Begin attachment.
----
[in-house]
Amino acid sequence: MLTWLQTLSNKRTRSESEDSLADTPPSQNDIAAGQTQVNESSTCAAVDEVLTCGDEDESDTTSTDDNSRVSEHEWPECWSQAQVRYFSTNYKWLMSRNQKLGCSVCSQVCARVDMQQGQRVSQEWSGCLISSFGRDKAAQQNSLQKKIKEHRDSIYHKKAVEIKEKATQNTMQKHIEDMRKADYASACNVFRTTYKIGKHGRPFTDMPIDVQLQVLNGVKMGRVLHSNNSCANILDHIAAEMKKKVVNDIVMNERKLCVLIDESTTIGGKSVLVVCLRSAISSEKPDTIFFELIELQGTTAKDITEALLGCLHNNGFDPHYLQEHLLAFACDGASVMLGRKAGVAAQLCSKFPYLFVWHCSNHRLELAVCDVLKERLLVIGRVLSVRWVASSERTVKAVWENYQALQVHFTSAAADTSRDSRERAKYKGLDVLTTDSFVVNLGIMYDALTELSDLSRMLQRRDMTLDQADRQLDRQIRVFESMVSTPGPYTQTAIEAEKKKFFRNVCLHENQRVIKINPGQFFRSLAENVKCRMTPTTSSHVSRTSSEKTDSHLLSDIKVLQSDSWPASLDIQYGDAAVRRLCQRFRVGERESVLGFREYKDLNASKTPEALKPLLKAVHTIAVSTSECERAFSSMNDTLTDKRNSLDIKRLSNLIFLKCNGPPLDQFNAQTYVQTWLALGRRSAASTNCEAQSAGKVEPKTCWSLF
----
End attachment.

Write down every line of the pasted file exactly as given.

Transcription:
[in-house]
Amino acid sequence: MLTWLQTLSNKRTRSESEDSLADTPPSQNDIAAGQTQVNESSTCAAVDEVLTCGDEDESDTTSTDDNSRVSEHEWPECWSQAQVRYFSTNYKWLMSRNQKLGCSVCSQVCARVDMQQGQRVSQEWSGCLISSFGRDKAAQQNSLQKKIKEHRDSIYHKKAVEIKEKATQNTMQKHIEDMRKADYASACNVFRTTYKIGKHGRPFTDMPIDVQLQVLNGVKMGRVLHSNNSCANILDHIAAEMKKKVVNDIVMNERKLCVLIDESTTIGGKSVLVVCLRSAISSEKPDTIFFELIELQGTTAKDITEALLGCLHNNGFDPHYLQEHLLAFACDGASVMLGRKAGVAAQLCSKFPYLFVWHCSNHRLELAVCDVLKERLLVIGRVLSVRWVASSERTVKAVWENYQALQVHFTSAAADTSRDSRERAKYKGLDVLTTDSFVVNLGIMYDALTELSDLSRMLQRRDMTLDQADRQLDRQIRVFESMVSTPGPYTQTAIEAEKKKFFRNVCLHENQRVIKINPGQFFRSLAENVKCRMTPTTSSHVSRTSSEKTDSHLLSDIKVLQSDSWPASLDIQYGDAAVRRLCQRFRVGERESVLGFREYKDLNASKTPEALKPLLKAVHTIAVSTSECERAFSSMNDTLTDKRNSLDIKRLSNLIFLKCNGPPLDQFNAQTYVQTWLALGRRSAASTNCEAQSAGKVEPKTCWSLF